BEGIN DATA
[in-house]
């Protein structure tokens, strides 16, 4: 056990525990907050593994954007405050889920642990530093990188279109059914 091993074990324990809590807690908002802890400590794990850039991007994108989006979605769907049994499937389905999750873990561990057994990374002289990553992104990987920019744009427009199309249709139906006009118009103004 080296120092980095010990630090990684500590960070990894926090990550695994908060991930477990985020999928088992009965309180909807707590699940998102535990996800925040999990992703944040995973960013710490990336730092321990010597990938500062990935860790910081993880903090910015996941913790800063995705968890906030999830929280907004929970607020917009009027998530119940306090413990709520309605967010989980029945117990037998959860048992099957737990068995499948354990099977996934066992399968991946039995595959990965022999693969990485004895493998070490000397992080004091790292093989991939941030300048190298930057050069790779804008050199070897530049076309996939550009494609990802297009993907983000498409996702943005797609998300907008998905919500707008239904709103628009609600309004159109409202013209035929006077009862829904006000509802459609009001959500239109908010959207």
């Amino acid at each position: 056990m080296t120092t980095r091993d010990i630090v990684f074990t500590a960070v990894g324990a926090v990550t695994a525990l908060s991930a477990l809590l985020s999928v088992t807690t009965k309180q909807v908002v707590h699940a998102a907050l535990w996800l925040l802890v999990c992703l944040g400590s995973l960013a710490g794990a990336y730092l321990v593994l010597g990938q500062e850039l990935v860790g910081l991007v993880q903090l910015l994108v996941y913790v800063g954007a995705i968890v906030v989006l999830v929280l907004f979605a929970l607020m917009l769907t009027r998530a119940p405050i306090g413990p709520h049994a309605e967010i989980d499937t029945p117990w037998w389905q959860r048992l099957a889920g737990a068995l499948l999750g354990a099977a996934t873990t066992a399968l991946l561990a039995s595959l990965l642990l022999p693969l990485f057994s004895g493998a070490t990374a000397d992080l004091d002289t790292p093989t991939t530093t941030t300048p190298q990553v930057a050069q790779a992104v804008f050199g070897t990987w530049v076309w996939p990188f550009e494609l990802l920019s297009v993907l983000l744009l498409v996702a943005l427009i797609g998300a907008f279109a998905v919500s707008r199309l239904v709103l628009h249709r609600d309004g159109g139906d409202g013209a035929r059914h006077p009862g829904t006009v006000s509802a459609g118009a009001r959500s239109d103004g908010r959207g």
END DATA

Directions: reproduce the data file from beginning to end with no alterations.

[in-house]
């Protein structure tokens, strides 16, 4: 056990525990907050593994954007405050889920642990530093990188279109059914 091993074990324990809590807690908002802890400590794990850039991007994108989006979605769907049994499937389905999750873990561990057994990374002289990553992104990987920019744009427009199309249709139906006009118009103004 080296120092980095010990630090990684500590960070990894926090990550695994908060991930477990985020999928088992009965309180909807707590699940998102535990996800925040999990992703944040995973960013710490990336730092321990010597990938500062990935860790910081993880903090910015996941913790800063995705968890906030999830929280907004929970607020917009009027998530119940306090413990709520309605967010989980029945117990037998959860048992099957737990068995499948354990099977996934066992399968991946039995595959990965022999693969990485004895493998070490000397992080004091790292093989991939941030300048190298930057050069790779804008050199070897530049076309996939550009494609990802297009993907983000498409996702943005797609998300907008998905919500707008239904709103628009609600309004159109409202013209035929006077009862829904006000509802459609009001959500239109908010959207």
């Amino acid at each position: 056990m080296t120092t980095r091993d010990i630090v990684f074990t500590a960070v990894g324990a926090v990550t695994a525990l908060s991930a477990l809590l985020s999928v088992t807690t009965k309180q909807v908002v707590h699940a998102a907050l535990w996800l925040l802890v999990c992703l944040g400590s995973l960013a710490g794990a990336y730092l321990v593994l010597g990938q500062e850039l990935v860790g910081l991007v993880q903090l910015l994108v996941y913790v800063g954007a995705i968890v906030v989006l999830v929280l907004f979605a929970l607020m917009l769907t009027r998530a119940p405050i306090g413990p709520h049994a309605e967010i989980d499937t029945p117990w037998w389905q959860r048992l099957a889920g737990a068995l499948l999750g354990a099977a996934t873990t066992a399968l991946l561990a039995s595959l990965l642990l022999p693969l990485f057994s004895g493998a070490t990374a000397d992080l004091d002289t790292p093989t991939t530093t941030t300048p190298q990553v930057a050069q790779a992104v804008f050199g070897t990987w530049v076309w996939p990188f550009e494609l990802l920019s297009v993907l983000l744009l498409v996702a943005l427009i797609g998300a907008f279109a998905v919500s707008r199309l239904v709103l628009h249709r609600d309004g159109g139906d409202g013209a035929r059914h006077p009862g829904t006009v006000s509802a459609g118009a009001r959500s239109d103004g908010r959207g």